IT knowhow for Muslims


Muslim ministers from four Asean countries yesterday called for greater cooperation, including setting a 10-year target for the Muslim community in the region to attain a higher literacy rate in information technology.

Ministers from Brunei, Indonesia, Malaysia and Singapore, at their annual informal meeting here, discussed how to tackle drug trafficking, the economic crisis and information technology – all of which have a pervasive impact on the 240 million Muslims in the region.

Singapore’s Minister for Community Development and Sports and Minister-in-charge of Muslim Affairs Abdullah Tarmugi, speaking at the closing of the one-day meeting, called for Muslims to be IT-literate by 2010 or face the prospect of losing out in an increasingly knowledge-based world economy.

He told The Straits Times later that Singapore was prepared to share its expertise in this field “so that more people will get plugged into the Net”.

“It is to make sure that all of us in Asean are on the right side of the digital divide,” he said.

“We can offer our experience of implementing information technology in the mosques. It will show why it is so vital in improving communications, teaching in the mosques and general administration.”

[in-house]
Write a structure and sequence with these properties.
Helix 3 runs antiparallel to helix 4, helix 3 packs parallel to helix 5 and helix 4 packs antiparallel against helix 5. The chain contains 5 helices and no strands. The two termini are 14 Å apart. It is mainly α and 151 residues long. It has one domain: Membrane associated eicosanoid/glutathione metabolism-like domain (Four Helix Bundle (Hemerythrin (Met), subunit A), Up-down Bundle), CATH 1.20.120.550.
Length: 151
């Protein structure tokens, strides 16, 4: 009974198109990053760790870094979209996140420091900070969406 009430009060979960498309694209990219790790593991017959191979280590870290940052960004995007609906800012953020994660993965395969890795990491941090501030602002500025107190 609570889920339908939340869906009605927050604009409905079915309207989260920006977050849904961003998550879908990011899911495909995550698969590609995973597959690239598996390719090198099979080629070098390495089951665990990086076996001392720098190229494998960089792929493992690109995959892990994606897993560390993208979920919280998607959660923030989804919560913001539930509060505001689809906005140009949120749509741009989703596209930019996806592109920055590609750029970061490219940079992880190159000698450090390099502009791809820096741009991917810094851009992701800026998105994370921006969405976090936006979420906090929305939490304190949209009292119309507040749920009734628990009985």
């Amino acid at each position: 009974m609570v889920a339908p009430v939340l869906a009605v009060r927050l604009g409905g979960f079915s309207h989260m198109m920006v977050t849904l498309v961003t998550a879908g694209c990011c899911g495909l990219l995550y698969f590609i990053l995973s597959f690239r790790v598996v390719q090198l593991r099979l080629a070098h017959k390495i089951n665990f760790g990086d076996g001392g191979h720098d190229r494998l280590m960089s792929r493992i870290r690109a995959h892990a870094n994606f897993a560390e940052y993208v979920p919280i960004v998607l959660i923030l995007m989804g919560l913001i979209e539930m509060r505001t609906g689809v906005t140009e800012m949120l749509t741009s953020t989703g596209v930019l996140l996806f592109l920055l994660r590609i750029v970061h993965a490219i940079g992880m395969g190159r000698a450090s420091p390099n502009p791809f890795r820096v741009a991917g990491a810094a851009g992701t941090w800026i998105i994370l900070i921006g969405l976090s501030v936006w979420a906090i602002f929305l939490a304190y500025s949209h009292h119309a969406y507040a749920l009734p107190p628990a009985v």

Singapore yesterday presented five papers at the meeting: on computer education, publishing a syariah-law journal, the economic crisis, youth development and the drug problem.

Most of the other ministers touched on the issue of drugs – a problem which observers believe is the most challenging for the Muslim community.

In their joint statement, the ministers voiced concern that the Asean region had emerged not just as a transit centre for narcotics trafficking, but also as an area that is manufacturing drugs illegally for export and local use.

“The lives of the young are threatened. In the process, it tears apart the social fabric and undermines the defence and security of our society,” they said.

They also looked at how best to rehabilitate drug addicts and said more had to be done to monitor and prevent drug traffickers from operating in the region.

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